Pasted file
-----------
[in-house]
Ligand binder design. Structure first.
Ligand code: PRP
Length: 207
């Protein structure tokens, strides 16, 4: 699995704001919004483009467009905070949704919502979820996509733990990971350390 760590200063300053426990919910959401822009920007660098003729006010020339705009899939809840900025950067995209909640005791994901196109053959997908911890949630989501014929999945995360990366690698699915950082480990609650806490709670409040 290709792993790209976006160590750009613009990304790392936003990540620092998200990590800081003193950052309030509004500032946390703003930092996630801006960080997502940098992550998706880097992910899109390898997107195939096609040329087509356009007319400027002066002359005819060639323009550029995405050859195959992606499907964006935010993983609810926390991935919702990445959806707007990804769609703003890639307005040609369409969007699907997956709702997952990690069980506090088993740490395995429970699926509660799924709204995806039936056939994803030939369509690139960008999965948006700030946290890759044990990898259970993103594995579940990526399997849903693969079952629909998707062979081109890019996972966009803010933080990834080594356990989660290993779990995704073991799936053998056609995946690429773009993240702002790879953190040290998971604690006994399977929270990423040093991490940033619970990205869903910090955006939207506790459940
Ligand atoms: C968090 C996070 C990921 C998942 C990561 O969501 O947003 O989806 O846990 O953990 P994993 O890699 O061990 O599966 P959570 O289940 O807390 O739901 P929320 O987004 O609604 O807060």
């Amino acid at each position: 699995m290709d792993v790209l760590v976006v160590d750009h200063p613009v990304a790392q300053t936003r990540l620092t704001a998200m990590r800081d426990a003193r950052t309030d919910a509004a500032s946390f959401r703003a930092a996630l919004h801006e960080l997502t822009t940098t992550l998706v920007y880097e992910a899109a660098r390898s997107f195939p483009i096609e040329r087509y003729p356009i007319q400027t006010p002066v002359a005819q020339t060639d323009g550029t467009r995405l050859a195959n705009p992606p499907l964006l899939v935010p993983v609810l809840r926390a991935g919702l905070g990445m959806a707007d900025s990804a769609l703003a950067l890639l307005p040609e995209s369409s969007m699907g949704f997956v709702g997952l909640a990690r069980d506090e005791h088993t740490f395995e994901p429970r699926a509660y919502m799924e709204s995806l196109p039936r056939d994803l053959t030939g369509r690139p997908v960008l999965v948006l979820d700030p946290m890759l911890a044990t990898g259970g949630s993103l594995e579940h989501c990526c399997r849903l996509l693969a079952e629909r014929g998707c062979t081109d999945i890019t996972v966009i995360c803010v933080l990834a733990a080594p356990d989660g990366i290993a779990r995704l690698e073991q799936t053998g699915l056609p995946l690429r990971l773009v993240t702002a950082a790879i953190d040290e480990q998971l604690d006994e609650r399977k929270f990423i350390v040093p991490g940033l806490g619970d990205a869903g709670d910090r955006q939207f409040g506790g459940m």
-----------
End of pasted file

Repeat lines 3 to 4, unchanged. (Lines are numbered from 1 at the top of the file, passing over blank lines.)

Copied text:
Ligand code: PRP
Length: 207